Eddie Money is preparing for a massive homecoming. The rock singer, who grew up in Plainedge, is turning 70 on Thursday with a big birthday bash at NYCB Theatre at Westbury.
“I’m really looking forward to it. This is going to be my favorite gig of the year,” says Money. “Because of all my relatives and friends on Long Island, I’m going to have a bigger guest list than the Rolling Stones!”
WE ARE FAMILY
Currently, his band contains three of his children: his son Julian, 23, on drums, his son Dez, 28, on rhythm guitar and his daughter Jesse, 30, on background vocals. “We are like the Osmonds. It’s a family affair,” says Money. “I’m proud of the fact that I’m playing with my kids.”
They all appear on his AXS TV family reality show, “Real Money,” which starts its second season next month. “When I put on my body mic for the show, my wife and my daughter take advantage of me,” notes Money. “They make me feel like Eddie Haskell from ‘Leave It to Beaver.’ ”
NEW ALBUM COMING
However, Money’s main focus is on his upcoming new studio album, “It’s a Brand New Day,” featuring his first batch of original material in 20 years. “This is the best record I’ve made since ‘No Control’ (1982),” claims Money. “It’s got that late seventies rock and roll feel to it.”
Coming back to Long Island reminds Money of the old days when he used to perform in Battle of the Bands with his former group, The Grapes of Wrath. “We used to play at My Father’s Place in Roslyn, The Tiger’s Tail in Plainedge and Soiree in Levittown,” recalls Money. “Billy Joel’s old band The Hassles, my band the Grapes of Wrath and the Rich Kids used to go head-to-head in the late ‘60s.”
The Westbury venue, formerly known as Westbury Music Fair, also holds fond memories for Money who grew up seeing shows there as well as performing in the building.
“I used to watch Janis Joplin, the Paul Butterfield Blues Band and The Rascals there,” remembers Money. “With that rotating stage, the last few times I played there, I ended up getting stuck behind the amplifiers and then having to climb over them like a monkey. Maybe this time I’ll get lucky.”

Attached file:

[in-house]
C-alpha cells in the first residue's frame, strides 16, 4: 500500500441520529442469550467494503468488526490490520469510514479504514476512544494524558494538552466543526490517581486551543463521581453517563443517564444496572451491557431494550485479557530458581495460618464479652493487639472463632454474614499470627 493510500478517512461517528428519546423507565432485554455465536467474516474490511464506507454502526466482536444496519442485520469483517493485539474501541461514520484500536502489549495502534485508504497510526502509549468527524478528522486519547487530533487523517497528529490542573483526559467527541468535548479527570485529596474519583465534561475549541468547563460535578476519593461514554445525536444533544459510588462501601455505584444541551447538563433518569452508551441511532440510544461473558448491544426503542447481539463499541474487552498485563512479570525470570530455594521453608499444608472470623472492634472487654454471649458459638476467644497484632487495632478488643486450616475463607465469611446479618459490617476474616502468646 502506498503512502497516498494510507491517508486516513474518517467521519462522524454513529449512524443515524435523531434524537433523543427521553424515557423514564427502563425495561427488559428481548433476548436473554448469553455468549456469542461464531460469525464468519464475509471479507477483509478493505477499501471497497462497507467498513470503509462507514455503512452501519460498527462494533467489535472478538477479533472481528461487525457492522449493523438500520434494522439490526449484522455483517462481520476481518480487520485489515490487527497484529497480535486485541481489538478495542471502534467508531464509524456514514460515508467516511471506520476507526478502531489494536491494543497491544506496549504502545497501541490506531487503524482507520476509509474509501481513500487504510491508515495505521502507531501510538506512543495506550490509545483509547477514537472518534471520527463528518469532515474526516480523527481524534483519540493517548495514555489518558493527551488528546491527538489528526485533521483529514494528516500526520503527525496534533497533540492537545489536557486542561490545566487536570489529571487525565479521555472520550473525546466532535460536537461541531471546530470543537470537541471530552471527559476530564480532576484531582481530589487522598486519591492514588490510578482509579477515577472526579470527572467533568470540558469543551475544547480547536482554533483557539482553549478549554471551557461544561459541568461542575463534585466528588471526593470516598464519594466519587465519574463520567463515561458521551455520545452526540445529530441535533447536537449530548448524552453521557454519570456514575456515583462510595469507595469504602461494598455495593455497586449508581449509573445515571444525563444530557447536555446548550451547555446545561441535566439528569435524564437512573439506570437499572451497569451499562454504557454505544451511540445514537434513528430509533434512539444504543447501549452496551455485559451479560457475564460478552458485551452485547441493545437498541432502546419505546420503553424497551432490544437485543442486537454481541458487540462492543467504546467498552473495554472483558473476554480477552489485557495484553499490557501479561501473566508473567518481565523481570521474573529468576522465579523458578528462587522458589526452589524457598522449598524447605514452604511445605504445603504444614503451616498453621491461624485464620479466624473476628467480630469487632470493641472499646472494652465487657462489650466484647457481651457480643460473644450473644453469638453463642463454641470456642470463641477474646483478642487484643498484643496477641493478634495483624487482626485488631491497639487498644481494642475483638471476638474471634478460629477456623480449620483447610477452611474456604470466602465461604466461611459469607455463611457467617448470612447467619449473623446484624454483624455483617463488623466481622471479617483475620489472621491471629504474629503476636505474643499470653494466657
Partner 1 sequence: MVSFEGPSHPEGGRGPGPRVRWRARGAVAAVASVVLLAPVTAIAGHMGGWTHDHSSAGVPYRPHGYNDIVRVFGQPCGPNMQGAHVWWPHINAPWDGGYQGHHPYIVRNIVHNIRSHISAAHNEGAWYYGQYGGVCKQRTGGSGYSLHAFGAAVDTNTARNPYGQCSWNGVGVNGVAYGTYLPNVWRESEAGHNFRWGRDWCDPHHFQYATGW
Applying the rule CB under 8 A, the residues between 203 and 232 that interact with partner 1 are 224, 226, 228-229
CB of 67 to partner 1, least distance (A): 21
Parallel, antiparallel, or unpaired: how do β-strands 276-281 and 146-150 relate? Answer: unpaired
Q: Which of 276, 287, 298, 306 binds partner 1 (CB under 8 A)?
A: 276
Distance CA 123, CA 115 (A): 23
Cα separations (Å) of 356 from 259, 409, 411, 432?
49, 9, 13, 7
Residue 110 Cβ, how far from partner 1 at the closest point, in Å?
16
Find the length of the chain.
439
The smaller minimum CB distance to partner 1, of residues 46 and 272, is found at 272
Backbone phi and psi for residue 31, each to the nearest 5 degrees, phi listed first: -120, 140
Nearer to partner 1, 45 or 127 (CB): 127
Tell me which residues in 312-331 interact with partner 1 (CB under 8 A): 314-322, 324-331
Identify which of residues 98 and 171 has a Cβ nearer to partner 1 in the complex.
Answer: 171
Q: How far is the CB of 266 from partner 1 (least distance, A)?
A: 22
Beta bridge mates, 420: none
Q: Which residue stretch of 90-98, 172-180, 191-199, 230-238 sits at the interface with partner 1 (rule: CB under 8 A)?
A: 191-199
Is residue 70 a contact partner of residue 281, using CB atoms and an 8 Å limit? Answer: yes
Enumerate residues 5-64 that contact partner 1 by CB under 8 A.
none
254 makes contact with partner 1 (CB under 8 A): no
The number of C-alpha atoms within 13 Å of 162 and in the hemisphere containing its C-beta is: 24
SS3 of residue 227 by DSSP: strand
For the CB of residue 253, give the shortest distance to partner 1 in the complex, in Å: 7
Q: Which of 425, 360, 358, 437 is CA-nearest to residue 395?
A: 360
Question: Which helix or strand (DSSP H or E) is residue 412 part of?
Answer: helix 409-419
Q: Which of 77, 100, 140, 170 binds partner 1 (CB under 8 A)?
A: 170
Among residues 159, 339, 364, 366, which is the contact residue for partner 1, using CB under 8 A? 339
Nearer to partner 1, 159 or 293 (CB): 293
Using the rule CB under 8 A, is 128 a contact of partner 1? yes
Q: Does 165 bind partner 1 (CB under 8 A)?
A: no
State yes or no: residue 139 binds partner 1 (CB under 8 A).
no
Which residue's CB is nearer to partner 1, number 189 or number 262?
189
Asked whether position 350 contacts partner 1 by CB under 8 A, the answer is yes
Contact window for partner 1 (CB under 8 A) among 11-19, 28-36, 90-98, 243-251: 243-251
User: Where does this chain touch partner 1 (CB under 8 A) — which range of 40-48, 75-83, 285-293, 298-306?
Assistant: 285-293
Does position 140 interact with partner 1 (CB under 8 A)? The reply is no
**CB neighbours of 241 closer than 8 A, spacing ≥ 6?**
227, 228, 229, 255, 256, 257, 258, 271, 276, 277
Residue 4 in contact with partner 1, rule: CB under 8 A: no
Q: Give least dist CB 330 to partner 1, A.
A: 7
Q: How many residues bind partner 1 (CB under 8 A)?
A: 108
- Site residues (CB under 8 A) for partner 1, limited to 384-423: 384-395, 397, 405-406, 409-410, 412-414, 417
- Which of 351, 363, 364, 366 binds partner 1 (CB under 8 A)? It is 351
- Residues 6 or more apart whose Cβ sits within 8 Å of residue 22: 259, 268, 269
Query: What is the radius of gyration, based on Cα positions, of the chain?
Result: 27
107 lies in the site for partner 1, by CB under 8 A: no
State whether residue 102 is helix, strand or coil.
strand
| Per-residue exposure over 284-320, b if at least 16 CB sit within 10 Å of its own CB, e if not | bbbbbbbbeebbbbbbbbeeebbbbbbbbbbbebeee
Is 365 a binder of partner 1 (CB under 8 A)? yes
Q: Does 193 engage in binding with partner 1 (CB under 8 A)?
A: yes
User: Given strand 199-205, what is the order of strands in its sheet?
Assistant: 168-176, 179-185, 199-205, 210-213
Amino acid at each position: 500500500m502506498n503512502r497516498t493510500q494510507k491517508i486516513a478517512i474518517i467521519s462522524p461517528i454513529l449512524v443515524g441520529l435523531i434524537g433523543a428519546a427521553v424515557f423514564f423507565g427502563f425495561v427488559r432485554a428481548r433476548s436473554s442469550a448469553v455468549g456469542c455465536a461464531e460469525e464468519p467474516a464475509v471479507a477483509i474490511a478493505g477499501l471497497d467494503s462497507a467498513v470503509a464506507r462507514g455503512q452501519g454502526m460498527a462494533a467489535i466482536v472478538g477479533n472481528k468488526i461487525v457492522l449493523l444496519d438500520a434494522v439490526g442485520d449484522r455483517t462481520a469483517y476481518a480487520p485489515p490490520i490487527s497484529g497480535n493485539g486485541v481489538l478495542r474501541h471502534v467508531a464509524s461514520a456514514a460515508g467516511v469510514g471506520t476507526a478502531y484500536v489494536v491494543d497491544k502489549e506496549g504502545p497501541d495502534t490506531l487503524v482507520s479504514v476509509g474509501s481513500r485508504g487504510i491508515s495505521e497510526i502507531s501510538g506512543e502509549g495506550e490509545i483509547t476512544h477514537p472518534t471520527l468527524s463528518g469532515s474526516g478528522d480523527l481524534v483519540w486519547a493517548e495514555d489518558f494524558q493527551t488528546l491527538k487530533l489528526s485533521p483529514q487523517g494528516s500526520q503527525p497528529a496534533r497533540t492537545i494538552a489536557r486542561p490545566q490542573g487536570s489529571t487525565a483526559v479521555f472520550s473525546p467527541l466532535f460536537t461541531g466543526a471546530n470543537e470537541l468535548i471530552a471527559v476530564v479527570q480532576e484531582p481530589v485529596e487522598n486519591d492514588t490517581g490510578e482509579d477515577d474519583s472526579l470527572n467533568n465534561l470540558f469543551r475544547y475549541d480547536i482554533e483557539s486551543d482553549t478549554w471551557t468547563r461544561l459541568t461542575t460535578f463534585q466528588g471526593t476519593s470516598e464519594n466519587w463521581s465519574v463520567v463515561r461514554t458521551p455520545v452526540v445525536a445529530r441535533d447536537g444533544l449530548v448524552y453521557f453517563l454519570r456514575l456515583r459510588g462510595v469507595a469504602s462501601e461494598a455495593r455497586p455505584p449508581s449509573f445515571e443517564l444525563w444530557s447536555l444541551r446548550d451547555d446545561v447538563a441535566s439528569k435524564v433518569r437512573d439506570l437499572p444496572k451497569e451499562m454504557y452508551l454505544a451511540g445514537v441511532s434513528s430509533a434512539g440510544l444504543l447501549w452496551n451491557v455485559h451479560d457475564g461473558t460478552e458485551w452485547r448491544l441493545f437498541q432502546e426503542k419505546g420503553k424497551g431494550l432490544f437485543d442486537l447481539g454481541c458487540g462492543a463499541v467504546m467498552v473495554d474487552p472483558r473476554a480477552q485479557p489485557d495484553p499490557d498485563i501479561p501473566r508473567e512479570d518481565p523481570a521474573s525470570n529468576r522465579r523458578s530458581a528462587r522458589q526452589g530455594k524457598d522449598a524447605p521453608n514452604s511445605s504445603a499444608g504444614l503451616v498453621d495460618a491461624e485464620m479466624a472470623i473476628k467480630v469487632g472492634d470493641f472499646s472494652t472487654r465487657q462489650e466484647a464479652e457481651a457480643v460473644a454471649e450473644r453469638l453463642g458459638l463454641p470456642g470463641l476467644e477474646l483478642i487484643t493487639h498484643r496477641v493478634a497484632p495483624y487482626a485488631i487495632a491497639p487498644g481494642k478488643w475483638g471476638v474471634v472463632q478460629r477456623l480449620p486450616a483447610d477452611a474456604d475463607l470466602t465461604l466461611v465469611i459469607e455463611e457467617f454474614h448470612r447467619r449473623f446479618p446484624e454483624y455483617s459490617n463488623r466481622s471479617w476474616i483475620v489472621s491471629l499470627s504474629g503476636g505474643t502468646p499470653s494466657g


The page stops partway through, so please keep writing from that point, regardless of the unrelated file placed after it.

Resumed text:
Despite his age, Money feels strong and embraces his good fortune. “I’m lucky to be here at 70,” he says. “I’m sober, I still got my hair and my weight is down. It’s a good week!”
Eddie Money with special guest John Waite
WHEN | WHERE 8 p.m., Thursday, March 21, NYCB Theatre at Westbury, 960 Brush Hollow Rd.
INFO 800-745-3000, ticketmaster.com
ADMISSION $49.50 to $125.50
Moneyman’s hit list
Eddie Money had hits up and down the radio dial from 1977 to 1988. Here are some of his well-known singles and his memories behind them.
‘BABY HOLD ON’ (1977)
“When I was writing it, I had just seen that movie, ‘The Man Who Knew Too Much’ with Doris Day and Jimmy Stewart,” says Money. “The film had that song, ‘Qué Será, Será,’ which inspired the lyrics for the chorus.”
‘TWO TICKETS TO PARADISE’ (1977)
“I wanted to write a hit. I had this line in my head: ‘Pack your bags we’ll leave tonight, I’ve got two tickets to paradise.’ So we ended up reversing the lyric,” says Money. “Originally, Columbia Records felt the guitar solo was too long. But we pushed, and radio ended up loving it.”
‘SHAKIN’ ‘ (1982)
“What’s happening in that song is the drum beat. I had this drummer named Gary Ferguson. He said to me, ‘I’m going to give you a drum beat that’s going to go down in history.’ He learned it from playing in strip clubs for years,” says Money. “Plus, we had Apollonia in the video. I, on the other hand, look like a singing shoe salesman.”
‘TAKE ME HOME TONIGHT’ (1986)
“One of my favorite songs of all time is ‘Be My Baby’ by Ronnie Spector and The Ronettes. I think she’s a fantastic singer,” says Money. “Originally, I was going to use Martha Davis of The Motels, but I tried getting a hold of Ronnie. She was out of the business at the time, but I talked her into doing it.”
‘WALK ON WATER’ (1988)
“I have bad memories of that song because when we shot the video my wife wanted to be in it, but we had to use this actress that Columbia Records wanted,” says Money. “I never heard the end of it from my wife. She still brings it up to this day.”
DAVID J. CRIBLEZ